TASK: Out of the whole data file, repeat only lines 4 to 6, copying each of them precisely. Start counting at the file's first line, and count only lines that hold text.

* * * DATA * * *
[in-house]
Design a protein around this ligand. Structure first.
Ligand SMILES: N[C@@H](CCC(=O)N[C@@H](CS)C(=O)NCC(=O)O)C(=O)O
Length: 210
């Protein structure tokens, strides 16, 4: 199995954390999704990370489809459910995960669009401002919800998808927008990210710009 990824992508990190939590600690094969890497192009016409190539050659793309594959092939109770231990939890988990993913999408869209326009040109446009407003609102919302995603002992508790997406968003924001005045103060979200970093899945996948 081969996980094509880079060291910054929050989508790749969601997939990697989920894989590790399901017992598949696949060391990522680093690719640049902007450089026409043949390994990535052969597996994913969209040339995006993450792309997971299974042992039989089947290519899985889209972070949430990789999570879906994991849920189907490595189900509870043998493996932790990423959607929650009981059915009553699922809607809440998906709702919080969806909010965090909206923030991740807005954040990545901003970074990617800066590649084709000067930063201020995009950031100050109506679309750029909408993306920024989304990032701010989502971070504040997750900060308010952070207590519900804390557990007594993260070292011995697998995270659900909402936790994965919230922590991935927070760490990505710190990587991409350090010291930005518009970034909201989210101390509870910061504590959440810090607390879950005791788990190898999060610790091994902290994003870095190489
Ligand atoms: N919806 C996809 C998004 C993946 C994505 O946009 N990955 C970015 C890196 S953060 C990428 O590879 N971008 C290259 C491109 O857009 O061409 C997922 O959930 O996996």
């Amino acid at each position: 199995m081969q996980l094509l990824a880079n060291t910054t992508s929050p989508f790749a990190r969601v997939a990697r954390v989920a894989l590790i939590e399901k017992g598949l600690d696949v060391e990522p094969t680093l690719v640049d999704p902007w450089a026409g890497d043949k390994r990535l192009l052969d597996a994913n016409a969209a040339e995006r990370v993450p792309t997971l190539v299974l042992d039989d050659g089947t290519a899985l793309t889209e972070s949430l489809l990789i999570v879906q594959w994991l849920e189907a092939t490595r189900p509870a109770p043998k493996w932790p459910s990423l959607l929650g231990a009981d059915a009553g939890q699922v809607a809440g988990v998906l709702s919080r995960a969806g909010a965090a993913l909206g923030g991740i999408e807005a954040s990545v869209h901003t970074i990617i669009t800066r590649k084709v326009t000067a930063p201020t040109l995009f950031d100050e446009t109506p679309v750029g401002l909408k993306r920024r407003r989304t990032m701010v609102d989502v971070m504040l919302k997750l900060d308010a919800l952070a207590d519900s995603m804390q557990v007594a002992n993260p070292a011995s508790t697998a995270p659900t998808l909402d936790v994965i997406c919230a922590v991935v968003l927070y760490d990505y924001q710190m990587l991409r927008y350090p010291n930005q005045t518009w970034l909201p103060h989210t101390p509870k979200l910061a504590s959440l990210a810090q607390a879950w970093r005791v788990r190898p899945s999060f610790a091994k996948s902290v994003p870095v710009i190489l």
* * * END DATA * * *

Length: 210
């Protein structure tokens, strides 16, 4: 199995954390999704990370489809459910995960669009401002919800998808927008990210710009 990824992508990190939590600690094969890497192009016409190539050659793309594959092939109770231990939890988990993913999408869209326009040109446009407003609102919302995603002992508790997406968003924001005045103060979200970093899945996948 081969996980094509880079060291910054929050989508790749969601997939990697989920894989590790399901017992598949696949060391990522680093690719640049902007450089026409043949390994990535052969597996994913969209040339995006993450792309997971299974042992039989089947290519899985889209972070949430990789999570879906994991849920189907490595189900509870043998493996932790990423959607929650009981059915009553699922809607809440998906709702919080969806909010965090909206923030991740807005954040990545901003970074990617800066590649084709000067930063201020995009950031100050109506679309750029909408993306920024989304990032701010989502971070504040997750900060308010952070207590519900804390557990007594993260070292011995697998995270659900909402936790994965919230922590991935927070760490990505710190990587991409350090010291930005518009970034909201989210101390509870910061504590959440810090607390879950005791788990190898999060610790091994902290994003870095190489
Ligand atoms: N919806 C996809 C998004 C993946 C994505 O946009 N990955 C970015 C890196 S953060 C990428 O590879 N971008 C290259 C491109 O857009 O061409 C997922 O959930 O996996």